Should market strength remain emergency regulatory measures continue to sunset and we are able to capture market pricing. We believe there is upside to these initial forecast. However, the inverse is true as well. Finally, our 2022 annualized dividend of $1.52 per share represents a healthy 5% increase compared to our 2021 dividend which enhances our total return profile. Based on our AFFO per share guidance, our 2022 dividend reflects a payout ratio of 74% which is similar to our pre-pandemic payout ratio in the low 70% range. Additional guidance details including sources and uses expectations are available on attachment 14 and 15(D) of our supplement. Next a transactions update. Our gross, 2021 acquisition activity, total approximately $1.5 billion. During the fourth quarter we accretively acquired three communities for roughly $410 million, sold one community for $126 million and committed $52 million to a new DCP investment.

One of our recently completed acquisitions was source from our DCP portfolio and partially funded through the issuance of OP units. Illustrating both the embedded optionality we have with these investments and our access to a diverse and accretive capital allocation menu. Most of our 2021 acquisitions have been in markets that are predictive analytics framework identified as desirable. Nearly all are located approximate two other UDR communities and all have been match funded with accretively priced equity and disposition capital. We will continue to utilize this asset selection playbook moving forward to generate outsized yield expansion through our multiple value creation drivers, which enhance year one through year for yields, well in excess of what the market alone provides.

Please refer to yesterday's release for additional details on recent transactions. Moving on, our investment-grade balance sheet remains liquid and fully capable of funding our capital needs. Some highlights include, first we have only $290 million of consolidated debt or just over 1% of enterprise value scheduled to mature through 2025 after excluding amounts on our credit facilities and our commercial paper program. Our proactive approach to managing our balance sheet has resulted in the best 3-year liquidity outlook in the sector and the lowest weighted average interest rate amongst the multifamily peer group at 2.8%. Second, as of December 31st, our liquidity, totaled $1.4 billion as measured by our cash and net credit facility capacity and including the approximately $235 million in future expected proceeds from the settlement of our outstanding forward equity sale agreements.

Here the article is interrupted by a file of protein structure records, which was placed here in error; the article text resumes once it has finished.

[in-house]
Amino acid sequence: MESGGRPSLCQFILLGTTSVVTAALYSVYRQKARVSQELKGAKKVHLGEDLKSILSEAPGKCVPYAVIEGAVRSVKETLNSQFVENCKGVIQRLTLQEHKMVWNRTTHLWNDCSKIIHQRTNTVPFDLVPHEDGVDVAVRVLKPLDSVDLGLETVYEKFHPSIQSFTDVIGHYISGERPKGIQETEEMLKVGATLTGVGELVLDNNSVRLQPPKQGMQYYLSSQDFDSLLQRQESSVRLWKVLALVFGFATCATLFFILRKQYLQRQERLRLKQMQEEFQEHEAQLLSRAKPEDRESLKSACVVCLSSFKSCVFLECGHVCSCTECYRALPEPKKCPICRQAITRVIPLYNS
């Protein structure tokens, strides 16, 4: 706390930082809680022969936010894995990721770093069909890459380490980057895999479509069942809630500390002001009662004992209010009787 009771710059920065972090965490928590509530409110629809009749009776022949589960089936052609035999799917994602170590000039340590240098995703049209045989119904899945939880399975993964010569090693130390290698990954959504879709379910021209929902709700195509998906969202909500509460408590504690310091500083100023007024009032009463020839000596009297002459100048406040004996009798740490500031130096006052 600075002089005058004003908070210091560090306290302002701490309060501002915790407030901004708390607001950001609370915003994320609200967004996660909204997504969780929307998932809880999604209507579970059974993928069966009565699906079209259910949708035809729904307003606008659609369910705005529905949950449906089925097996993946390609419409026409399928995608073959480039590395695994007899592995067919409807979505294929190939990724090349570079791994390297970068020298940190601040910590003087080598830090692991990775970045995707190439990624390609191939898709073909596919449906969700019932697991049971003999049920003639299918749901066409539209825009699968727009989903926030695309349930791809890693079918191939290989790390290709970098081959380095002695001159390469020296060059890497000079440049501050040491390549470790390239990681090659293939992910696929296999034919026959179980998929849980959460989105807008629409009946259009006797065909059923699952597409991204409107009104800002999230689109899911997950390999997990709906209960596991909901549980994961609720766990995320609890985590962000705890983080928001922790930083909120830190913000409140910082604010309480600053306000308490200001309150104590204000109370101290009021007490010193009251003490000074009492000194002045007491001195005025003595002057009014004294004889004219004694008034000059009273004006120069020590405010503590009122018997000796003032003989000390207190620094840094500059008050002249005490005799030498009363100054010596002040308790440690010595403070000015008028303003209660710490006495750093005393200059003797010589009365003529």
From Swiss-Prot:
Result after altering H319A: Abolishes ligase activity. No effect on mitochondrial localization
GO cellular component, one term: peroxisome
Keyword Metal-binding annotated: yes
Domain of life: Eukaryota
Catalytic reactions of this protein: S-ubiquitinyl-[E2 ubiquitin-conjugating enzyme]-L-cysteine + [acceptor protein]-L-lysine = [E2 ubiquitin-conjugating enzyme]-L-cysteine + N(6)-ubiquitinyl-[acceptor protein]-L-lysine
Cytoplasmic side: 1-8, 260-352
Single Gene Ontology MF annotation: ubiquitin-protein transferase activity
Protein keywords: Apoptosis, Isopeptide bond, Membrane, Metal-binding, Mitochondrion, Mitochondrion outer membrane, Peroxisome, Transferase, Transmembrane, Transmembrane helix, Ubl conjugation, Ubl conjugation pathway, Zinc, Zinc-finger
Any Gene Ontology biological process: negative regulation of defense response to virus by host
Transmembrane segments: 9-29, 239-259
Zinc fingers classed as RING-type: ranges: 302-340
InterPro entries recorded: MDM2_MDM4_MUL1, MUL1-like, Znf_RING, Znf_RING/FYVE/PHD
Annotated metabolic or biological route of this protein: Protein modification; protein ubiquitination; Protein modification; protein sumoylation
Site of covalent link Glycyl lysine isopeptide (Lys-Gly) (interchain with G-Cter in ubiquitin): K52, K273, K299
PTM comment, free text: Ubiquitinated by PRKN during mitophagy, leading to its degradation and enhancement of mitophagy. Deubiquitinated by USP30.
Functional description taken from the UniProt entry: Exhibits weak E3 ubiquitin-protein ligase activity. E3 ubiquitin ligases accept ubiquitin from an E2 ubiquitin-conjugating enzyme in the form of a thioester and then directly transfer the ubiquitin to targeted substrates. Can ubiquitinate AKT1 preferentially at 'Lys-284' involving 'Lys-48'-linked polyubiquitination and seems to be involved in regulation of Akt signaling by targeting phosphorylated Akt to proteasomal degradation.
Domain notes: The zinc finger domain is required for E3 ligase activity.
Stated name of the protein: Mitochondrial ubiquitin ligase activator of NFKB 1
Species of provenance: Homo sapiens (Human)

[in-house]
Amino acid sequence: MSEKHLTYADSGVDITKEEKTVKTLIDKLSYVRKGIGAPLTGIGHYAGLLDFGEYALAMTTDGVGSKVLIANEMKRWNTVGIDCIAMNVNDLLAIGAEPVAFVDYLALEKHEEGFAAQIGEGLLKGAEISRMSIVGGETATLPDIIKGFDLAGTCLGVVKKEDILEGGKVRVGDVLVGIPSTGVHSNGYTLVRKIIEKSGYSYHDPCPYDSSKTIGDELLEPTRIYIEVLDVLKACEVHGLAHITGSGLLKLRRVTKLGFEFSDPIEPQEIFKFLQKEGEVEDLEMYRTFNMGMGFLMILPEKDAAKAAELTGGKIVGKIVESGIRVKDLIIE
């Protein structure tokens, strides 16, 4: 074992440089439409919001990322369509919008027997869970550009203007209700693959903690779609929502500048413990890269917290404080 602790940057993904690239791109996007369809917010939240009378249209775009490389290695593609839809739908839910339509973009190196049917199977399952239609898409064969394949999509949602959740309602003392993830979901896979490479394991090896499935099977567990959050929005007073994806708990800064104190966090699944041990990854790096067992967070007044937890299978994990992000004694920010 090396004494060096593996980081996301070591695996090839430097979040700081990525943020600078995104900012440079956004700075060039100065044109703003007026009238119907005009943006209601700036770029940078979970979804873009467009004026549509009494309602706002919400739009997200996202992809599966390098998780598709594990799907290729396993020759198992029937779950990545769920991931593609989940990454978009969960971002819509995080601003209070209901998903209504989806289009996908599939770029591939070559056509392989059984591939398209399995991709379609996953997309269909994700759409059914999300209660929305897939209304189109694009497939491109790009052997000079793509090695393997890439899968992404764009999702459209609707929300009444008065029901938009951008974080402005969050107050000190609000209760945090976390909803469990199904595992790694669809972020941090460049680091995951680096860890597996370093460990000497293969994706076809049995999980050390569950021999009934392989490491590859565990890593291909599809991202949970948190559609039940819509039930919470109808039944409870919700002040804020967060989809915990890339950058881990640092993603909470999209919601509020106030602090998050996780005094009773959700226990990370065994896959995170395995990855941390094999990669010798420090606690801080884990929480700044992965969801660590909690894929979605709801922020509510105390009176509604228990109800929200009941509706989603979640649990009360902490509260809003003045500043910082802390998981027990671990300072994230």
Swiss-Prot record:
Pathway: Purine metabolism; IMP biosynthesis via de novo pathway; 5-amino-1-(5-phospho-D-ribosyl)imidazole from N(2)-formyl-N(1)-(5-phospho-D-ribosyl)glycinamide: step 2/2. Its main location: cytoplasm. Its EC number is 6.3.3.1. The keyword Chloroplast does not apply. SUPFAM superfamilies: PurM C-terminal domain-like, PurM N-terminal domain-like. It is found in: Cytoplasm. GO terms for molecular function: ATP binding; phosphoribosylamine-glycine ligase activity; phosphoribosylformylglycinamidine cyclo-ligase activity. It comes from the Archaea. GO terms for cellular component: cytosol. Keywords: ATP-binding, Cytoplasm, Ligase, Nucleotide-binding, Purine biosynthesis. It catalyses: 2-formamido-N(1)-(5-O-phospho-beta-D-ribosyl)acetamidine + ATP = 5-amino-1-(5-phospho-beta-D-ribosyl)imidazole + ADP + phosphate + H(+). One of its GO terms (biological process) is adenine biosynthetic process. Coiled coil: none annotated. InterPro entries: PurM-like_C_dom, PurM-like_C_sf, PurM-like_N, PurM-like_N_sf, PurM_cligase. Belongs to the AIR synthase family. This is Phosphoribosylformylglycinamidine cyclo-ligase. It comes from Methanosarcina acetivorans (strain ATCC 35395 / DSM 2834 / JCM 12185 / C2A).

Last, largely due to fully equitizing 2021 acquisitions and an upward inflection and NOI our financial leverage continues to improve. And was 22% on enterprise value inclusive of joint ventures while net debt to EBITDA was 6.4 times, down from 6.8 times a year ago. Taken together our balance sheet remains in excellent shape. Our liquidity position is strong, our forward sources and uses remain balanced and we continue to utilize a variety of capital allocation competitive advantages to create value with that I will open it up for Q&A. Operator?

Questions and Answers

Operator

Thank you. At this time, we'll be conducting a question-and-answer session. [Operator Instructions]

Our first question comes from the line of Nick Joseph with Citi. Please proceed with your question.

Nick Joseph
Analyst at Smith Barney Citigroup

Thanks. You talked about being active on external growth over the past year and kind of a playbook of buying properties near existing UDR assets. How does the pipeline look today in terms of that external growth opportunity?

Joseph Douglas Fisher
Chief Financial Officer and Senior Vice President at UDR